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Interior if the Reykjavik’s New Concert Hall. Press photo

“The opera people will have to come up with unusual solutions. There is an orchestra pit, but from the point of view of staging, it will be a test of the imagination of the stage designer. In such a good acoustic environment, the singers can simply stand and sing. Let the public imagine the rest! Often times, that is – how does one say it – more honorable and successful. If the singers are well-prepared, imagination will do the rest. In addition, the director can't mess anything up that way.”

Steinunn Birna's temperament wonderfully suits the Great Hall's name, Eldborg, which is one of Iceland's volcanoes. Before working at Harpa, Steinunn headed a piano music festival, and in 1993 she visited Latvia as Iceland's ambassador of culture and gave a piano concert; she has fond memories of Latvia. Steinunn's dark eyes and dark hair give off great enthusiasm that turns into a small, bright flame as we near a small room in the vestibule. She unlocks the door, and behind it are two concert grand model-D Steinway's. “I come here when everyone's gone. I can play my heart out. This is my secret room.” The grand pianos, of course, were bought in Hamburg; Steinunn picked them out herself.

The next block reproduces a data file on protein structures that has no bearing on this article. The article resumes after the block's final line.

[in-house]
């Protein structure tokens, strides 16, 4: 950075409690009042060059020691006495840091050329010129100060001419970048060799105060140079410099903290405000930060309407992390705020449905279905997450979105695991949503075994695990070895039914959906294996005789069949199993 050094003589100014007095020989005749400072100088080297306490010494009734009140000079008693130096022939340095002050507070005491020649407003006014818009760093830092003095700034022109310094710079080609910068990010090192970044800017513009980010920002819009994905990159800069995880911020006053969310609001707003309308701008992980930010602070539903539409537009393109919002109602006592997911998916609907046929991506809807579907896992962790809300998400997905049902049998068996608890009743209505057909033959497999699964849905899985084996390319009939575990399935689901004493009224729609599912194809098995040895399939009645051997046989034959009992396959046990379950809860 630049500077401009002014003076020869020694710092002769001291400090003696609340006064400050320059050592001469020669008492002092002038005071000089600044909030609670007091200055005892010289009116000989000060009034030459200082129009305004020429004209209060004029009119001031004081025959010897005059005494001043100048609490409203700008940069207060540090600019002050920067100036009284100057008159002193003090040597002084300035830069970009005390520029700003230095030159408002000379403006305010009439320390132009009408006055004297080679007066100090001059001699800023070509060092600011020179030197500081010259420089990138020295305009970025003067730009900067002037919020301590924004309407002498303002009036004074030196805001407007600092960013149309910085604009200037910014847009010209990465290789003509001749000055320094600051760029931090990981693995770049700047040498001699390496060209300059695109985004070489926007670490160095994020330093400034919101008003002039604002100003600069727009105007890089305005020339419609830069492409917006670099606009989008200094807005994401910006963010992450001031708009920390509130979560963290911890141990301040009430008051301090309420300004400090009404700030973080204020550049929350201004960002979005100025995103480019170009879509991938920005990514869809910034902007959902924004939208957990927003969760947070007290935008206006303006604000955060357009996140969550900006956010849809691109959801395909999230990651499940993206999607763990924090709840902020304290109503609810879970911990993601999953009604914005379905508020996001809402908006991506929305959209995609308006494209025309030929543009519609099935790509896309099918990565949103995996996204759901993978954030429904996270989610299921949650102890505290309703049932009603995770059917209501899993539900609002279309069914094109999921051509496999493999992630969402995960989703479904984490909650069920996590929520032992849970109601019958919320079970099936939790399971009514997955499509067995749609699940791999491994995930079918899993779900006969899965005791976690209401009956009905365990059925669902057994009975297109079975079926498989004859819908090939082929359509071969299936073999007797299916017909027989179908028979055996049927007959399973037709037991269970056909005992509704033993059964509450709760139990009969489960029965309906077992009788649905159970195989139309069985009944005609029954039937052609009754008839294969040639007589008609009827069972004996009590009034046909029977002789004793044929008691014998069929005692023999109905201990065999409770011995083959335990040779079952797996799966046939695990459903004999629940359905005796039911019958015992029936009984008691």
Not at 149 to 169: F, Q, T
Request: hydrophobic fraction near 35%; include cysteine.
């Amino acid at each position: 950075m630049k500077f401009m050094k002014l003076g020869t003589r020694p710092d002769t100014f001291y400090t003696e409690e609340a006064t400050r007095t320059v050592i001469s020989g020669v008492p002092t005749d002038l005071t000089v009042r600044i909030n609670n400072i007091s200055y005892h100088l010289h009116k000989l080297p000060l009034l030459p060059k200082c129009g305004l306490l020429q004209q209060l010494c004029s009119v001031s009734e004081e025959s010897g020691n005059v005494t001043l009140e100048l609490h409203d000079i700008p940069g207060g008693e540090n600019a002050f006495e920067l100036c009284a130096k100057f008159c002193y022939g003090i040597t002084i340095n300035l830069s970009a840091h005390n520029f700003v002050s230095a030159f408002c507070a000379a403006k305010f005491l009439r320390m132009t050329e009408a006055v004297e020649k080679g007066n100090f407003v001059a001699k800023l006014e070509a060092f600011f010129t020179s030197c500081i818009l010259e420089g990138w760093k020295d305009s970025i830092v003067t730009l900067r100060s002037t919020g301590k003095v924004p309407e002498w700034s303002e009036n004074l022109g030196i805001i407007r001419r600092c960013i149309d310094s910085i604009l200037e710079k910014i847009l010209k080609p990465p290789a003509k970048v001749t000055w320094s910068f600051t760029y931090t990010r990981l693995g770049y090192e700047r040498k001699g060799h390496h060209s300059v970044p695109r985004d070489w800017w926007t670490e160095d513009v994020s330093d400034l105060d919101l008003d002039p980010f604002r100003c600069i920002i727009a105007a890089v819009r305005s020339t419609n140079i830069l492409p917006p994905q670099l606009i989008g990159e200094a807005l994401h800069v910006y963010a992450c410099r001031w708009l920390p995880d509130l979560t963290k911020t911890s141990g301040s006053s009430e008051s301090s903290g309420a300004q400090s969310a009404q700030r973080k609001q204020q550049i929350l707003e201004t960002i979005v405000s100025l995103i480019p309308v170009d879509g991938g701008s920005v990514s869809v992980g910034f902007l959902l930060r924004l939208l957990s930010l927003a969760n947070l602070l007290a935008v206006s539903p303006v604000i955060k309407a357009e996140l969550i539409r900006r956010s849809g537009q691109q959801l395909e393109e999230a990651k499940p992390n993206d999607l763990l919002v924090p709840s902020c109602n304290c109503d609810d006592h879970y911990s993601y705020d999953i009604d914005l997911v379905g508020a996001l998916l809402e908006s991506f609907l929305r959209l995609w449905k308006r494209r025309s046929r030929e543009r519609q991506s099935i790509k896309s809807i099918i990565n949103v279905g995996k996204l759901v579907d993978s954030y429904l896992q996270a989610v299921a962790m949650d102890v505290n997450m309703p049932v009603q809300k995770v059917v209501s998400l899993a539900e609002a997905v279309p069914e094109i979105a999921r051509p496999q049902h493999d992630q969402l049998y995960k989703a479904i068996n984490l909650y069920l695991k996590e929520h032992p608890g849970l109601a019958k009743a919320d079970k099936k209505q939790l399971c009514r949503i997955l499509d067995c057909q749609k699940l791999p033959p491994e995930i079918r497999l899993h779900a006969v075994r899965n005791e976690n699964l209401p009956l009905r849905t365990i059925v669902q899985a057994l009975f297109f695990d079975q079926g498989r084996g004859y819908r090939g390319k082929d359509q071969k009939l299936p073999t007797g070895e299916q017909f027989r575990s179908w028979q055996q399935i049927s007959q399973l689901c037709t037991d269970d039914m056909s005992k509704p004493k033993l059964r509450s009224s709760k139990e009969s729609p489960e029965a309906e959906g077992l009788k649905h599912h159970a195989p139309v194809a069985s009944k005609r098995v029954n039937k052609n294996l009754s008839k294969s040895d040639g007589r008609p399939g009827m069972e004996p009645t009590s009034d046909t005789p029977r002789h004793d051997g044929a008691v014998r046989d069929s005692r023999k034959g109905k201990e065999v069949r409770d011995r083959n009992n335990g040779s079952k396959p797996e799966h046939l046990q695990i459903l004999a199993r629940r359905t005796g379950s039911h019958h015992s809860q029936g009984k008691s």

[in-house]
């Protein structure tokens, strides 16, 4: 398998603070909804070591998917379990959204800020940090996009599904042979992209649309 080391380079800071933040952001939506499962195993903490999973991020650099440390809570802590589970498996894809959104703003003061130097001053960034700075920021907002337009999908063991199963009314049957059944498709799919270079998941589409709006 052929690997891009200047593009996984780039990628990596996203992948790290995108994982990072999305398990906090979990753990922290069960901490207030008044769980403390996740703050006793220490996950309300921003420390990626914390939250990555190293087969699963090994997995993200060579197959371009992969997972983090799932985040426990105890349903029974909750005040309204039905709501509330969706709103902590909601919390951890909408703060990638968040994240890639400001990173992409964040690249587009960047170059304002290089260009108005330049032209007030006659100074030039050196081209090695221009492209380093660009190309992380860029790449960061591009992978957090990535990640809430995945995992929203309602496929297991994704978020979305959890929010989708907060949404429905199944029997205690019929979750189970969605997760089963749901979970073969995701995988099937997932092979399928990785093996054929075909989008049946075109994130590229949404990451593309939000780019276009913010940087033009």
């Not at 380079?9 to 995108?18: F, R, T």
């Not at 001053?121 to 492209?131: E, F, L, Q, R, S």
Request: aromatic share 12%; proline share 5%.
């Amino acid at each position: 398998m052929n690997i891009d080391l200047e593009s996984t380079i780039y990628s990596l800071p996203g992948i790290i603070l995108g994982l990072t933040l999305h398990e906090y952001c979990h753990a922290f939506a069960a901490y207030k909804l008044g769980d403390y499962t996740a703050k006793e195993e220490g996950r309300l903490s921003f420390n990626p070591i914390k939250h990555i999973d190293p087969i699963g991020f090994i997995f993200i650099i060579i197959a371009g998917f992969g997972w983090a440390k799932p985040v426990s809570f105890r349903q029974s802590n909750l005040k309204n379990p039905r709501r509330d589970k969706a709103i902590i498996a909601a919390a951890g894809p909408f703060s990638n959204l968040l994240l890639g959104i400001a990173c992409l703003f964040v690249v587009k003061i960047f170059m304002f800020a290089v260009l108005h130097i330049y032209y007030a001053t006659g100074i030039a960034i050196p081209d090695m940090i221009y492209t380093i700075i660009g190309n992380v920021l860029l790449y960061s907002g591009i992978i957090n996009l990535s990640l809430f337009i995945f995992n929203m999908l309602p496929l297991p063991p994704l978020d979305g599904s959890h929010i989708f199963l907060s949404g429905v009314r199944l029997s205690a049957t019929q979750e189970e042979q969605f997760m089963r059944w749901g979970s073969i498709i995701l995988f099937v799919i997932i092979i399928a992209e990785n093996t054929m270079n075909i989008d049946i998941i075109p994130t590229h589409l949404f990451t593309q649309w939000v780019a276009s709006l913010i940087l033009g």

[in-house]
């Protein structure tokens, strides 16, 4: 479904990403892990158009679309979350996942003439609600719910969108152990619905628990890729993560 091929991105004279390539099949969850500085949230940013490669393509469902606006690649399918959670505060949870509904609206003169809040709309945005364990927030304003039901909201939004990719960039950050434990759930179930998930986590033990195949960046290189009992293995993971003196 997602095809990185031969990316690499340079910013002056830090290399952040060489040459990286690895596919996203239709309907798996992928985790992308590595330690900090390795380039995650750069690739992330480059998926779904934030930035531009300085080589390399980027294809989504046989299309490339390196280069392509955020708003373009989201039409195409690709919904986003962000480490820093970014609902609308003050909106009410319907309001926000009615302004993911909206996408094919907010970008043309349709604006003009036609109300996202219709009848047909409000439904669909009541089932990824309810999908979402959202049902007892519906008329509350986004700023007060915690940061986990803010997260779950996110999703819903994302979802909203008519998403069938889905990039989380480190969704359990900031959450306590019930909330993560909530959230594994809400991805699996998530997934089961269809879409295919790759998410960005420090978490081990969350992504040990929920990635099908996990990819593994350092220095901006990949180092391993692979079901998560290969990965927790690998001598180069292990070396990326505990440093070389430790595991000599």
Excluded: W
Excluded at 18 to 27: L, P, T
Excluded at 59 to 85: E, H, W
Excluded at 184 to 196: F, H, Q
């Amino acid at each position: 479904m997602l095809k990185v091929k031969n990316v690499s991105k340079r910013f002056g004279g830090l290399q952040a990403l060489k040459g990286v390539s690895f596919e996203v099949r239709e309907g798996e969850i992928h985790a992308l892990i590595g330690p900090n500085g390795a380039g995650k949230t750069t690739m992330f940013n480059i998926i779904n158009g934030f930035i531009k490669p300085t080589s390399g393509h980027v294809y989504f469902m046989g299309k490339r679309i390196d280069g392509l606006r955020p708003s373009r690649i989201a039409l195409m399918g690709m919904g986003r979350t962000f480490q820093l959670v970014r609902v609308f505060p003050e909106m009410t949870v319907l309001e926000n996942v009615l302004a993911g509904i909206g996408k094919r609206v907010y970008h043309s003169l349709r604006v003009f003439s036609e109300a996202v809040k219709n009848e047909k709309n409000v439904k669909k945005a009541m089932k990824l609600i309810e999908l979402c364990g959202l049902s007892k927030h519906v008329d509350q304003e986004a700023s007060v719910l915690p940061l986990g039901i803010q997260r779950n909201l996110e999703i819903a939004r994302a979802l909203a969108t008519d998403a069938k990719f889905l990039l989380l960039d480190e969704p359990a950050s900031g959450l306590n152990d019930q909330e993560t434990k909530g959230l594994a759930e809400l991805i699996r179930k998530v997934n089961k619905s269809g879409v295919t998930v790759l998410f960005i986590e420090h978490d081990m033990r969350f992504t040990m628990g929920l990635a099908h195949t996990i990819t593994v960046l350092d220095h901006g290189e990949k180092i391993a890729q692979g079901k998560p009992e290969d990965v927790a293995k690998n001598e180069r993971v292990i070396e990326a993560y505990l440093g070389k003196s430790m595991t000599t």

One of them was played at the grand opening concert by New York's Julliard School graduate Vikingur Heidar Olafsson. He's young and beloved by Icelanders. Vikingur performed Edvard Grieg's piano concert, which was suggestively and originally directed by Vladimir Ashkenazy (Latvia's Radio 3 has obtained a recording of the concert and it will be aired sometime this summer). I'll remind you here that after moving to Iceland (he married an Icelandic pianist) and gaining citizenship, Ashkenazy created the internationally renown Reykjavik Art Festival. The first festival was held in 1970 and since then, the best of the best have visited Reykjavik; many, of course, have been Ashkenazy's own extremely talented friends. This whole time Iceland's Symphonic Orchestra practiced and preformed in an old, acoustically terrible movie theater. Another (and just as bad) movie theater was home to Iceland's Opera Company. Only we, Rigans, and others such as us, can understand what it means to long after a proper concert hall. And now they have one. We don't, and it doesn't look like we will soon, either. Paris also has had to do without a modern concert hall. In 2013 the Parisians will have a philharmonic hall built by Jean Nouvel. We won't.

Harpa doesn't consist of just the Great Hall. Steinunn first takes us to the black box. The walls are covered in ornamental objects carved out of birchwood (imported, of course). Behind these are panels covered in felt, which not only regulate the acoustics, but have small diodes imbedded in the bottom that create a colorful ambiance. Red, violet, red-violet... Steinunn's favorite is the bright green. This hall will be home to jazz, chamber orchestras and choirs. At the time of our visit, preparations are underway for a wedding. “Since the building opened on May 4th, the last 30 weeks of this year are booked with more than 200 events.